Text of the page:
I am working on a algorithm for a software module but decided I was hung up on the mathematical formula so I posted here instead of Programmers.
Each scenario will have a team of people competing. Each team can be thought as a unique set of players each of random variable size. Minimum team size is 2.
Eg. Team2 - 9 players
Each player can be thought as a binary decision... for simplicity sake lets say that they will randomly grab a hat to wear without looking, either a black hat or a white hat. If every person on the team happens to have a BLACK hat then they will be awarded points. If so much as one person happens to be wearing a white hat then they will not be awarded any points.
The above is to give some background and context to the actual problem because it is an easy binary decision in my algorithm. This is incidental to the formula so far. The important thing to note is that a team can have a random number of players and point awards are all or nothing.
I am trying to determine a formula to determine how many points to award equitably. Clearly it is statistically more likely that small teams will have better odds thus the point award should be smaller. Larger teams are riskier so they should get much more bountiful rewards.
The starting point is to assume that the smallest possible team (2 players) should receive 10 points. Let t = 2, p = 10.
I am trying to determine the most statistically equitable formula and an appropriate constant ratio that can be applied in this calculation to determine the most equitable point reward.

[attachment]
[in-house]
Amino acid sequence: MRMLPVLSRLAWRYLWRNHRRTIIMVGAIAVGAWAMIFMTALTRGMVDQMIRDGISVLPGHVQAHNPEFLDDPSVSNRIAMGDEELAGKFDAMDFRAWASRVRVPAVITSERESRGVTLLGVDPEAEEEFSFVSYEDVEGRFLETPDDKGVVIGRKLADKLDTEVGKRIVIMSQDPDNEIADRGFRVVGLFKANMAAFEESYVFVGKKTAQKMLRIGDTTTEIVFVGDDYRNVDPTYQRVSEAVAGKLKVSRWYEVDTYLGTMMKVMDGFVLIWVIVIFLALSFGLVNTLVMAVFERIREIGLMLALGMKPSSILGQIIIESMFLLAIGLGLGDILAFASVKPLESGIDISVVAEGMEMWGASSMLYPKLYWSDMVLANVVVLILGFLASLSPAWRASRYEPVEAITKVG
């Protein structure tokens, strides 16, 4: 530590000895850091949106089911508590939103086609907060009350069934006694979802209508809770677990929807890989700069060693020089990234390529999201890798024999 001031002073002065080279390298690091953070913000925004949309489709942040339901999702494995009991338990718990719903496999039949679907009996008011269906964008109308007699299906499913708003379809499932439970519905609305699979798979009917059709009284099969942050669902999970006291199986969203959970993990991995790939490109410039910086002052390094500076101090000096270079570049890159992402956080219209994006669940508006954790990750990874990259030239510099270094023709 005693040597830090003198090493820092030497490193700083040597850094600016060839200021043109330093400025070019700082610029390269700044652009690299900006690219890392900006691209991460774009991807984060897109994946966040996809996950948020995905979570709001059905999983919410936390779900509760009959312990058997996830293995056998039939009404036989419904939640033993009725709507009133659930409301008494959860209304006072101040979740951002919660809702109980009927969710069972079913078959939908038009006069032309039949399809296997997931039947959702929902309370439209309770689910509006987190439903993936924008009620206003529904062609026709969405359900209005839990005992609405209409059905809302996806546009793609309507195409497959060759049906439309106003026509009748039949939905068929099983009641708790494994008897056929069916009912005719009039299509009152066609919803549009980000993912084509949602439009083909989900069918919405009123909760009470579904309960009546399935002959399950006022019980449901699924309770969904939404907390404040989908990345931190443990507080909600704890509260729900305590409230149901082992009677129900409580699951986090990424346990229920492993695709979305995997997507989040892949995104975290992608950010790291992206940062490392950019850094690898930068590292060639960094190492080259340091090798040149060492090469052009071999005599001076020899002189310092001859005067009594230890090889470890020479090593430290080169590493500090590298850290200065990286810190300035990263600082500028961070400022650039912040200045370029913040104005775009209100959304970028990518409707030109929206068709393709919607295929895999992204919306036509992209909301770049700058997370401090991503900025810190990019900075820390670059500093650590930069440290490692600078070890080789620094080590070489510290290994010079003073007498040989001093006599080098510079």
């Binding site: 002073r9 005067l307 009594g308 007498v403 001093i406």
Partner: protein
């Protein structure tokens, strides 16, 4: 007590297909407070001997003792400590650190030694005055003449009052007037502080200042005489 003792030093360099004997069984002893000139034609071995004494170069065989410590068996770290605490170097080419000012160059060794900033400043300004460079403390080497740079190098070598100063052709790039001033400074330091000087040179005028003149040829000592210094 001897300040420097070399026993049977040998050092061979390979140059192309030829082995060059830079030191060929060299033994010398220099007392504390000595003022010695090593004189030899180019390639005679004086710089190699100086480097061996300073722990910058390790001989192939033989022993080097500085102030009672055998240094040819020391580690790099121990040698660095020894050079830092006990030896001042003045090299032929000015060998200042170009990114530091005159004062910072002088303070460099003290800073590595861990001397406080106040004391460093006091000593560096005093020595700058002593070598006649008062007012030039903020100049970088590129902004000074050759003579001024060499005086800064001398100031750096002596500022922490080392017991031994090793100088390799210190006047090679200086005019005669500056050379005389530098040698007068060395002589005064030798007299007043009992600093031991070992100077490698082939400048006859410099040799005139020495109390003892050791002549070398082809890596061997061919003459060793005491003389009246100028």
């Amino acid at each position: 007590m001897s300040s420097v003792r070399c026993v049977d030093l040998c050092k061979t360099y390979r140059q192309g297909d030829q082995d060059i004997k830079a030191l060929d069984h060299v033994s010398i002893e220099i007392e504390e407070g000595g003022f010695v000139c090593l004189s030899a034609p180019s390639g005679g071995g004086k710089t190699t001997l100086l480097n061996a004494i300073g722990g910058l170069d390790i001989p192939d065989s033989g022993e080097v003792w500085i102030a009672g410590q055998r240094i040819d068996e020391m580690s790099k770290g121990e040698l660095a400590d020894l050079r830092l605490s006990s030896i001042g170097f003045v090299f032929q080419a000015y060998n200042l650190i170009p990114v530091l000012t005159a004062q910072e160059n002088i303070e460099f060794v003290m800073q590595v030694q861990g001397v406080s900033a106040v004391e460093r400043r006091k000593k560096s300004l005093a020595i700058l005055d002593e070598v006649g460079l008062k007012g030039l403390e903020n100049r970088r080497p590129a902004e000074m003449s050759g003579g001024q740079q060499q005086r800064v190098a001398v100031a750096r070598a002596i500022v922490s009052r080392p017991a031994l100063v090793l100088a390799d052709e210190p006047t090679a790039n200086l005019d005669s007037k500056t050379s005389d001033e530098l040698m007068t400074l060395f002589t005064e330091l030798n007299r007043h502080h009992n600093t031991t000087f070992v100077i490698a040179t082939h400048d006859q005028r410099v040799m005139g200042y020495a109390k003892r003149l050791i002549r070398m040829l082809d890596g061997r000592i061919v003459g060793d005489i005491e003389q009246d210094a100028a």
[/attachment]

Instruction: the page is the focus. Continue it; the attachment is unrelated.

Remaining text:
In response to a request for more information:
what precisely does it mean to award points "equitably"?I apologize for the loose term, but equitably in my case would be one where if I were to have a sufficient sample size of Teams, that on average any team regardless of size will have a statistically similar amount of points. I hope this is clear: (Eg. Team1 4 players - 53 points over a year, Team 2 9 players, 51 points over the same year)
Are these shared by team members?Points are awarded to a team, not to team members. There can be any number of events that a number of teams will participate in. Many teams will not get points. Some will get points. If points are awarded depends on the random player criteria listed above. The amount of points rewarded should depend on the statistical probability that every team member flips a coin and gets heads.
Are they used to determine which team "wins" in the competition?It is not really a competition and the ones with the most and least points are outliers and not very interesting to me.
Can individual members appear on more than one team?No. Teams are more interesting than players anyway, at least in this scenario. Teams have a variable number of players and for each event they all essentially flip a coin hoping that everybody gets heads. If the population of events is in the thousands, then I should be able to get a sufficient sample size to determine that teams with smaller amounts of players DO NOT have a statistical advantage at earning points than teams with MORE players. This is what I mean by equitable.